When you delete a file in your OS, there is no reaction from either a hard drive or SSD. It isn’t until you overwrite the sector (on a hard drive) or page (on a SSD) that you actually lose the data. File recovery programs use this property to their advantage and that’s how they help you recover deleted files.
The key distinction between HDDs and SSDs however is what happens when you overwrite a file. While a HDD can simply write the new data to the same sector, a SSD will allocate a new (or previously used) page for the overwritten data. The page that contains the now invalid data will simply be marked as invalid and at some point it’ll get erased.
So, what would be the best way to securely erase files stored on a SSD? Overwriting with random data as we are used to from hard disks (e.g. using the "shred" utility) won't work unless you overwrite the WHOLE drive...
Because of the nature of NAND flash memory, SSDs cannot directly overwrite data. Repeatedly overwriting a file before deleting it will not securely erase it on an SSD—the data would just be written elsewhere on the NAND.
To understand why this is the case, it is necessary to explain how SSDs work on the inside.
NAND flash is divided into blocks, each consisting of a set of pages typically 4 KB in size (plus error-correcting codes). Most modern SSDs uses NAND with blocks of 128 pages for a block size of 512 KB, although some drives, especially older ones, may use 256 KB or smaller blocks. The following diagram assumes 256 KB blocks, but the concept is the same regardless of the block size.
Source – Courtesy Music Sorter at Wikipedia, CC BY-SA 3.0
Each page may be written to individually, but pages cannot be rewritten until erased, and erasing can only be done in whole blocks. This means that whenever data is rewritten, the SSD must mark the data in the affected pages invalid and rewrite it elsewhere, possibly in a different block. At a more appropriate time, ideally when the drive is idle and all pages in a block are marked invalid, the SSD can erase blocks that are no longer in use. This cleanup process is called garbage collection.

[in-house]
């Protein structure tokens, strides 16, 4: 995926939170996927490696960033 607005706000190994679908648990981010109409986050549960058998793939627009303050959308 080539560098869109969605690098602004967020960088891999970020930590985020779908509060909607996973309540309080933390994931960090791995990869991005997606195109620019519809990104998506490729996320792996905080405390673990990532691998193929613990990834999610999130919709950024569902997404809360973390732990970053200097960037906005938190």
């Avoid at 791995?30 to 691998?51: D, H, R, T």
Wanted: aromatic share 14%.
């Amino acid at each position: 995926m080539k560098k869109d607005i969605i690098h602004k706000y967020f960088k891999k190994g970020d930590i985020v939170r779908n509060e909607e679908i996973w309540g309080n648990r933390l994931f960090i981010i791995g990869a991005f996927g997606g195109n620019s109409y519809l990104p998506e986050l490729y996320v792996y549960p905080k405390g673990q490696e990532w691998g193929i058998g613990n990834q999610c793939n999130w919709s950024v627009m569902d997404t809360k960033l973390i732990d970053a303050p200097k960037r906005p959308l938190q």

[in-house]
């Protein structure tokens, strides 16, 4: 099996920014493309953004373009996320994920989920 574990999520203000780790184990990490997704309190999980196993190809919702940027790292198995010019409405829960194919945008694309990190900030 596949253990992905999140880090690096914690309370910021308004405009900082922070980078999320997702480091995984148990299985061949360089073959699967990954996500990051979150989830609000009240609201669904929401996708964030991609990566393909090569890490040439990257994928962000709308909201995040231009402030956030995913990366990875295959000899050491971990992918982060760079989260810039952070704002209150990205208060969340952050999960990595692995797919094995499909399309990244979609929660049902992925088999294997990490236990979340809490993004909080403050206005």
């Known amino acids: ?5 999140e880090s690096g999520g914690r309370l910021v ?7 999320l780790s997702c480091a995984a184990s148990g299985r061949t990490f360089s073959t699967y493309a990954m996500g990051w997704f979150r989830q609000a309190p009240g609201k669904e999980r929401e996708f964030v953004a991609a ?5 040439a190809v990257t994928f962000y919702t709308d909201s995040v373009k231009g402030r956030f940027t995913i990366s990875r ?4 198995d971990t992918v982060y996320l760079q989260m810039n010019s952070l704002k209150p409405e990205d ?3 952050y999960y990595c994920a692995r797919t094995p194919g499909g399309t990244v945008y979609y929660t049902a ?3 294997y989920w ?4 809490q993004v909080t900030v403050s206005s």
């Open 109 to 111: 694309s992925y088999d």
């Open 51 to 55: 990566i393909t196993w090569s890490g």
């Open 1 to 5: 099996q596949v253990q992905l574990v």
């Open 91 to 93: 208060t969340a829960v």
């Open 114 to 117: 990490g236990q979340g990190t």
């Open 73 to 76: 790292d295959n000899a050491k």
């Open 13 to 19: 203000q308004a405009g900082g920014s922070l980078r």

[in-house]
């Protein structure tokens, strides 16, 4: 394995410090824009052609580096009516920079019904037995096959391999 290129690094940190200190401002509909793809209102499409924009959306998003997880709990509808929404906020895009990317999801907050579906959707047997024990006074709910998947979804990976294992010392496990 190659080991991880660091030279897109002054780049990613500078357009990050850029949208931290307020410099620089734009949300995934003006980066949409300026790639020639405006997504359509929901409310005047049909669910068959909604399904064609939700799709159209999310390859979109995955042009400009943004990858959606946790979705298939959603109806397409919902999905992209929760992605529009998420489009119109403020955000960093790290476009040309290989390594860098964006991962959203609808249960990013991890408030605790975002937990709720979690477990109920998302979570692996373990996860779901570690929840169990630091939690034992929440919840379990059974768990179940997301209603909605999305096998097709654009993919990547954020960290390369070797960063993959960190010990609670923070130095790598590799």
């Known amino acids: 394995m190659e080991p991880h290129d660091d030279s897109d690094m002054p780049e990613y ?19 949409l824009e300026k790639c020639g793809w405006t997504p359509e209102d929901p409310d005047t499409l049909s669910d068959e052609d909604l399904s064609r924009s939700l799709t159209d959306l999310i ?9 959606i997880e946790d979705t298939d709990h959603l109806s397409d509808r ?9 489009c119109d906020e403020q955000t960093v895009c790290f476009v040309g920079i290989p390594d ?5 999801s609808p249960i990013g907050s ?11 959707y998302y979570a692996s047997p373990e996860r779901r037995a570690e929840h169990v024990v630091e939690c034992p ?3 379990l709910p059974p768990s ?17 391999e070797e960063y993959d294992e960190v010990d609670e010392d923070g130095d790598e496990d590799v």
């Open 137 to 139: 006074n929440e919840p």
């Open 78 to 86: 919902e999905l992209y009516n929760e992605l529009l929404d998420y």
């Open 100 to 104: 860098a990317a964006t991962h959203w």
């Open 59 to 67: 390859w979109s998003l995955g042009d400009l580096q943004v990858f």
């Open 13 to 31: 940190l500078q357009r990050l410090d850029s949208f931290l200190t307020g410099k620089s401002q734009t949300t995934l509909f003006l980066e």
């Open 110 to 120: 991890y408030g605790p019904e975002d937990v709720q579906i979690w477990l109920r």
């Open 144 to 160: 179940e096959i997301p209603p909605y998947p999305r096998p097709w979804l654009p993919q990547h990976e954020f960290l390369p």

In order for the SSD to know which blocks can be erased, the operating system must tell it which blocks no longer contain valid data. This is done using the ATA TRIM command. The SSD is then free to garbage-collect those unused blocks.
SSDs try to spread writes evenly over the NAND to avoid premature failure, a process which relies on the free space available to the drive.
Each NAND block can only sustain a finite number of write/erase cycles. Many of today's consumer-grade SSDs use 19-21nm NAND where each block is good for about 3,000 cycles before becoming unusable, although enterprise SSDs and several high-end consumer SSDs that use more durable types of NAND are commercially available.